More, for a very long time protestants (at least) have ignored the “apocalyptic” context of the NT revelation. (I reject “apocalyptic” since the symbolism of such literature is actually “liturgical” and entirely comes from the Temple and sacrifices.) If this context were better known, however, we would know that all Jews knew that the Temple was an image of heaven, that the shoeless wing-dressed priests were angels, that the objects in the Temple stood in the place of worshippers, and that the entire liturgy took place “in the heavenlies.” Now in Rev. 2-3, the pastors of the churches are called angels. This is not some Brand New Idea, but is completely in continuity with the Temple/priestly tradition. Unlike, however, the Old order, where only such angelic priests might enter the Temple heavens and the rest of the believers were located there only symbolically in the various items of furniture, now in the fullness of time the symbolic furniture is gone and believers are able to enter the Temple heavens along with their “angelic” palace-servant special-priests.

Rev. 2-3 are not letters to churches. They are letters to the priest-pastor-angels of the churches. Jesus threatens THEM. If you want to understand this, read Numbers 18. The people will be punished for their sins, yes, but the Levites will be punished if they fail to warn them.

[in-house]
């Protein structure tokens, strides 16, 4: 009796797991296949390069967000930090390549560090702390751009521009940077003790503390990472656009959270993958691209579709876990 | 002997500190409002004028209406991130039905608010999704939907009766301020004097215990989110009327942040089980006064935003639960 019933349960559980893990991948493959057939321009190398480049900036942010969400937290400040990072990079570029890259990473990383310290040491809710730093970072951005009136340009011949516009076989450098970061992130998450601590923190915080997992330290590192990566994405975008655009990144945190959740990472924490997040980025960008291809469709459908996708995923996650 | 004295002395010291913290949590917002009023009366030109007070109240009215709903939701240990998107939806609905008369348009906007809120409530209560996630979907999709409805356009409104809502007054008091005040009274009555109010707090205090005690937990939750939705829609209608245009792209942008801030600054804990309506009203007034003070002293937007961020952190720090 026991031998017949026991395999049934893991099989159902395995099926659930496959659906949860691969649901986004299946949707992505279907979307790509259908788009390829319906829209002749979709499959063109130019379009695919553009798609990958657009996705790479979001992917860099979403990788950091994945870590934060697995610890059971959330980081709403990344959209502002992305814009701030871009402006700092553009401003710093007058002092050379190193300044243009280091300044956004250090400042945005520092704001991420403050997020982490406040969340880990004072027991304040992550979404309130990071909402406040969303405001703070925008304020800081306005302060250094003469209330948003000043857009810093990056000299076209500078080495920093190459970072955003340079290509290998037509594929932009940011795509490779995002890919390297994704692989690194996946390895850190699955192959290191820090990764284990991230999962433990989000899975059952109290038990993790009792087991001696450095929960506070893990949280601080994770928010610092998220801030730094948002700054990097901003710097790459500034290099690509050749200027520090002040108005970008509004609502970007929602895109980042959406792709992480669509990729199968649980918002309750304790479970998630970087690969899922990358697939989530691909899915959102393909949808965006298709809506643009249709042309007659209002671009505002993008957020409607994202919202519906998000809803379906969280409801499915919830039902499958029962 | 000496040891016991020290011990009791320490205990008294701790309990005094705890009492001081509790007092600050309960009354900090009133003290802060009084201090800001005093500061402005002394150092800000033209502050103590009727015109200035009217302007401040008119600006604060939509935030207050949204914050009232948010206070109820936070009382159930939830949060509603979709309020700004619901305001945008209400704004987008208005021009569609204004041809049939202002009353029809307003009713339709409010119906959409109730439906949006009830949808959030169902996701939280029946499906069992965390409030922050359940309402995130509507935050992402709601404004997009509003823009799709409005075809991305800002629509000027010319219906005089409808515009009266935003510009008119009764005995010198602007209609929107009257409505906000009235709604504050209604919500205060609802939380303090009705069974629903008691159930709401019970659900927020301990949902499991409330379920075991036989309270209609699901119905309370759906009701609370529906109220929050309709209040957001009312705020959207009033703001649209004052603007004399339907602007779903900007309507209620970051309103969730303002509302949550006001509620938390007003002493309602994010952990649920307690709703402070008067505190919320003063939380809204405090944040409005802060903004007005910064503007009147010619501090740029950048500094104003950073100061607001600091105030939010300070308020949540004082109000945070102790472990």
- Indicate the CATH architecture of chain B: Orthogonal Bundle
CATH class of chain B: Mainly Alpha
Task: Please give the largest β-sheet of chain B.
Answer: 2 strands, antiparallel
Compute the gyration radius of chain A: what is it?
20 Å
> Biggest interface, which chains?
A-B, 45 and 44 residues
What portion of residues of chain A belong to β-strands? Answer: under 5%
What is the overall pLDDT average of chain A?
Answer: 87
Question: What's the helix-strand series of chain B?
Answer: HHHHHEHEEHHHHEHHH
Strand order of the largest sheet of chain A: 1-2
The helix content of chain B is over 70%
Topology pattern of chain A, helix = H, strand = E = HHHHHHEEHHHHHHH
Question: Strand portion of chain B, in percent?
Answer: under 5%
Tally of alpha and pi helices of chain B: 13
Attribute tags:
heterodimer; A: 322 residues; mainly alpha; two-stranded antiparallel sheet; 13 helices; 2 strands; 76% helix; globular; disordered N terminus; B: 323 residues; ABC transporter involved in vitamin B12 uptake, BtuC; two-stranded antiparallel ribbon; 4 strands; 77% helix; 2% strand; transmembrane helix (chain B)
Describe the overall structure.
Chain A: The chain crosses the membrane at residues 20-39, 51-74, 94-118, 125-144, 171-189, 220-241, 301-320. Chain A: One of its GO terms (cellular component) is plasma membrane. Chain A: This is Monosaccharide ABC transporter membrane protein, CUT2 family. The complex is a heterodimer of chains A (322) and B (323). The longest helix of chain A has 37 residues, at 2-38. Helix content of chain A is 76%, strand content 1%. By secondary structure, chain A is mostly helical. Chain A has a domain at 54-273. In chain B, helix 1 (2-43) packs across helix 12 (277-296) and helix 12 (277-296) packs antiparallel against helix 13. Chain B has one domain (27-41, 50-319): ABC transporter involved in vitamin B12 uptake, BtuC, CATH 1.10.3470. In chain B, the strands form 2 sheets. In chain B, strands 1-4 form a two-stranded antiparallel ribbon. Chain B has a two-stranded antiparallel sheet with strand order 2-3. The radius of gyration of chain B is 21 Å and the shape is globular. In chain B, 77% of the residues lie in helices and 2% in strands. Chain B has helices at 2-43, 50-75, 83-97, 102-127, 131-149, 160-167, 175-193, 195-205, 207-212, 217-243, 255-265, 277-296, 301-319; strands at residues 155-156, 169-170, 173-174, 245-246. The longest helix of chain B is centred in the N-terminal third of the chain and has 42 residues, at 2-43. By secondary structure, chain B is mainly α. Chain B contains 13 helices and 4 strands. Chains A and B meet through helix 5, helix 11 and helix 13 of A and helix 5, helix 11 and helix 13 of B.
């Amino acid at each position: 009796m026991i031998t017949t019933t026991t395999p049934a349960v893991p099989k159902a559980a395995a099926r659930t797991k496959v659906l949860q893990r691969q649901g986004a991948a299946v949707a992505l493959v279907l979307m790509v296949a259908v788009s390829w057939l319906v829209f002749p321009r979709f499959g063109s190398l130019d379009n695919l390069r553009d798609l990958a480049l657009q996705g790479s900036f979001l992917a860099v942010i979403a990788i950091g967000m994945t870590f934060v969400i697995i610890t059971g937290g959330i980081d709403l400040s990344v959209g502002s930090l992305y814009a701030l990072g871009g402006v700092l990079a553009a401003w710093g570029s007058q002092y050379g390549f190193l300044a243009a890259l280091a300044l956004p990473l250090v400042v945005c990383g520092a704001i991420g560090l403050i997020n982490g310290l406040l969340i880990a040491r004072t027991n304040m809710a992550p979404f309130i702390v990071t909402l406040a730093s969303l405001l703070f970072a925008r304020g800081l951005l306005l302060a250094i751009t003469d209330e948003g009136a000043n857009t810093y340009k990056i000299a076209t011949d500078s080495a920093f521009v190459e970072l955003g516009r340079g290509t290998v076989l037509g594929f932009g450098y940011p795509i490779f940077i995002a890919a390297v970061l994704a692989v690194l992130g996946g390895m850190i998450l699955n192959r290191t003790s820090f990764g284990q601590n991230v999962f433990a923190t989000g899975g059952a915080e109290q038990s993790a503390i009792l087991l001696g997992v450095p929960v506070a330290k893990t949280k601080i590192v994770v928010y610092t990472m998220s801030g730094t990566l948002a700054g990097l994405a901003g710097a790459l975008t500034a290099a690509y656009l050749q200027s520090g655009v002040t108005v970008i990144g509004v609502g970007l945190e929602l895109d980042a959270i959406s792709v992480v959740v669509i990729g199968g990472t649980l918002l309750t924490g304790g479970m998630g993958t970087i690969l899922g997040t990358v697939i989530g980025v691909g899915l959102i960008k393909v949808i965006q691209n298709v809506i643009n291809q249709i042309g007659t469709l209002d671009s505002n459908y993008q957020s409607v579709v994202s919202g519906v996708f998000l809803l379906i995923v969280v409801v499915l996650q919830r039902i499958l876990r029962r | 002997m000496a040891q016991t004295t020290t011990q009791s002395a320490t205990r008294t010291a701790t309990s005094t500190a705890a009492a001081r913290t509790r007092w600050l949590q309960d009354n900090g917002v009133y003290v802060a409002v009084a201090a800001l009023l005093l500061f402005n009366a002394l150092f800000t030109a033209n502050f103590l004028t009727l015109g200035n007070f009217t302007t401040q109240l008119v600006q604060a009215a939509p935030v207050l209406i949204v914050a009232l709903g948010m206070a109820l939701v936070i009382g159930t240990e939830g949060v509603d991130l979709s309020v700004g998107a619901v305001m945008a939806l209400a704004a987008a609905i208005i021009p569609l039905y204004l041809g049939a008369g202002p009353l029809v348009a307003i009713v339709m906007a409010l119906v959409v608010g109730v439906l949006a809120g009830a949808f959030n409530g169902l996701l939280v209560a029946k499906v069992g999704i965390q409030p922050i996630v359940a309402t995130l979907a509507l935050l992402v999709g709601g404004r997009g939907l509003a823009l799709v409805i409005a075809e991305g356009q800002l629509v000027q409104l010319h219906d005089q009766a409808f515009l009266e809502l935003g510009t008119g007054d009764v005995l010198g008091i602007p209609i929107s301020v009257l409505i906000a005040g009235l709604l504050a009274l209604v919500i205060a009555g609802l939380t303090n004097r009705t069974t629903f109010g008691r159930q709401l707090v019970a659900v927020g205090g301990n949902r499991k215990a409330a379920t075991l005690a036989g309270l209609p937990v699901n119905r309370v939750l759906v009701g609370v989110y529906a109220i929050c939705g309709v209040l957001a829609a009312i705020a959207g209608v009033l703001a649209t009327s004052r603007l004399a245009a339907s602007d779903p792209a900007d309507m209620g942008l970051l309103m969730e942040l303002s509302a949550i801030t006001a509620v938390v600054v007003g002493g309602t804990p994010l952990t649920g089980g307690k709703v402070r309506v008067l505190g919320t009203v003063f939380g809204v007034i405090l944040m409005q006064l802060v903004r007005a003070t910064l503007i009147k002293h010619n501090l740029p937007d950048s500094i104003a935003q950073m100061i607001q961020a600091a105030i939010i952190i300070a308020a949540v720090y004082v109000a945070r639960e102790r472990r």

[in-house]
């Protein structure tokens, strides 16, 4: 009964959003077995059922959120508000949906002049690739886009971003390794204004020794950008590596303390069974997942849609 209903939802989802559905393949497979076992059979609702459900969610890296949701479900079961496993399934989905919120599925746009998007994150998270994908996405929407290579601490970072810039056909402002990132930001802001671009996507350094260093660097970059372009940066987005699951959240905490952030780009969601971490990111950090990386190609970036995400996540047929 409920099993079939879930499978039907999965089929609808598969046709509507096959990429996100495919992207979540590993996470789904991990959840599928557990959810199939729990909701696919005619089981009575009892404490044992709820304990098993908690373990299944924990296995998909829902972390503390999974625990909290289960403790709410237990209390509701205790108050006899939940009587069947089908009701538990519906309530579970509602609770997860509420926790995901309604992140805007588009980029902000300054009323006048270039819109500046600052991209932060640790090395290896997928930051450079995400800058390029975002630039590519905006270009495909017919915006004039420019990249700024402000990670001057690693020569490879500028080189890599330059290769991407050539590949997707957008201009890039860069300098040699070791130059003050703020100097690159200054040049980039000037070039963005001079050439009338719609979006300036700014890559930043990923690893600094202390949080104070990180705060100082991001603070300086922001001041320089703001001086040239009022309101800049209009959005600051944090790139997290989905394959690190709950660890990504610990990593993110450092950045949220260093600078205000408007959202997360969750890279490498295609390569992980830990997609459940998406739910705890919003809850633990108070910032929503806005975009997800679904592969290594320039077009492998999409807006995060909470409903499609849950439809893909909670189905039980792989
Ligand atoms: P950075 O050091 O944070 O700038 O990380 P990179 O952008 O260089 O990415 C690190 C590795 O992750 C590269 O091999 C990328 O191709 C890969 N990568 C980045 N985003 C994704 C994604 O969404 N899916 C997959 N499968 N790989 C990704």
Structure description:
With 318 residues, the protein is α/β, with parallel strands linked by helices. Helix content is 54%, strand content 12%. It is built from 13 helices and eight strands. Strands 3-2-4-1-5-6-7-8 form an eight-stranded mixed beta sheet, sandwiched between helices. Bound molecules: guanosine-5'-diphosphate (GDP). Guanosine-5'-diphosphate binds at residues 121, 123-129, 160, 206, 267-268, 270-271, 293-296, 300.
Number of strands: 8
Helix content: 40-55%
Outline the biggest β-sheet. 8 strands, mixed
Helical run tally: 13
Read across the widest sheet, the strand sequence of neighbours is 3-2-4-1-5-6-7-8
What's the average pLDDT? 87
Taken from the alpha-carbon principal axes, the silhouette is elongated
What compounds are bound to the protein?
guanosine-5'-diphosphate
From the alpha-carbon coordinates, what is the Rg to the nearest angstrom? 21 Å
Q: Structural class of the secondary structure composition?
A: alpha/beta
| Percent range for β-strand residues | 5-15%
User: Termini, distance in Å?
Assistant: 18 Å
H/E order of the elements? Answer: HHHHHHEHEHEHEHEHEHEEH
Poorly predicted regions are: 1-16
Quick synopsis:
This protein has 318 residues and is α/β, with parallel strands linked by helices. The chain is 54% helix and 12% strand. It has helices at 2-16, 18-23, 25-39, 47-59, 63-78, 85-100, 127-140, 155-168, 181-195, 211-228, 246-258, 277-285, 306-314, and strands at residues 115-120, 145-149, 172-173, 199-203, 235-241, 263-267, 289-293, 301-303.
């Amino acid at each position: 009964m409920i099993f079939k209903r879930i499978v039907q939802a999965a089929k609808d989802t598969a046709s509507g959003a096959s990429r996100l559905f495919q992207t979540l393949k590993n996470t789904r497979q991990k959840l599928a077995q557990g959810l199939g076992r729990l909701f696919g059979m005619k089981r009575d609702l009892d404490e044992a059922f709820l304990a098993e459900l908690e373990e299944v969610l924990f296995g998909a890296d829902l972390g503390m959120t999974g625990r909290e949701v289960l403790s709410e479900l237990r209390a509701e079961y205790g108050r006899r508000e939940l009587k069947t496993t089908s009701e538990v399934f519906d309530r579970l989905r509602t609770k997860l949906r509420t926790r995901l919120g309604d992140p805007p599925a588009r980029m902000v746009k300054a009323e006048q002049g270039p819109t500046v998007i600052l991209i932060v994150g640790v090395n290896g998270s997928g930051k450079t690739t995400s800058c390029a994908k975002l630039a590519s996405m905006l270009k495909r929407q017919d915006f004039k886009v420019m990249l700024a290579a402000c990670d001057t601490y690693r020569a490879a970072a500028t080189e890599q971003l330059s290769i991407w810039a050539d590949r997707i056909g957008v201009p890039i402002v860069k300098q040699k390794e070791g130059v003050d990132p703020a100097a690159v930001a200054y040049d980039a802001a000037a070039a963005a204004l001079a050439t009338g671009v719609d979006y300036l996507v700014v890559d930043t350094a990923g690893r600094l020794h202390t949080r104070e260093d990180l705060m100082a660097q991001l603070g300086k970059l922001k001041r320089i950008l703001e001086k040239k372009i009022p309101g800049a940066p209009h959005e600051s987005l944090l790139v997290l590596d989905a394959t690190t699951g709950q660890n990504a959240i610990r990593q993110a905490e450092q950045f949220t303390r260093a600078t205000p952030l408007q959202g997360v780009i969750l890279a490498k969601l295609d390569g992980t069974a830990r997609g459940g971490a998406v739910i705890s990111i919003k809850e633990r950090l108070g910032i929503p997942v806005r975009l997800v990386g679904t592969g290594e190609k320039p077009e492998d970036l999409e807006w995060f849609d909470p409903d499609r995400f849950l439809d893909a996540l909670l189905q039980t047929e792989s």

I submit that if the NT epistles are read in their actual Biblical and historical context, then it will be very clear that Apostolic worship looked a whole more like liturgical and even Eastern orthodox (sans icons) worship, and not in the least like Puritan, Anabaptist, or Brethren worship.

And bringing all this back to Wright, while I don’t know what on earth Wright would say to this, the fact is that he is part of a movement to recover the so-called apocalyptic and Jewish context of the NT writings. The more this context is recovered, the more it will be clear that this “Church came from the synagogue” stuff is nonsense, that this “believers sitting around in homes” stuff is nonsense, and that the epistles mean something very concrete and liturgical when they refer to the Church as temple, worship as sacrifice, leaders as men (women could be everything else in the OT, so saying men-only MEANS “priest”), etc.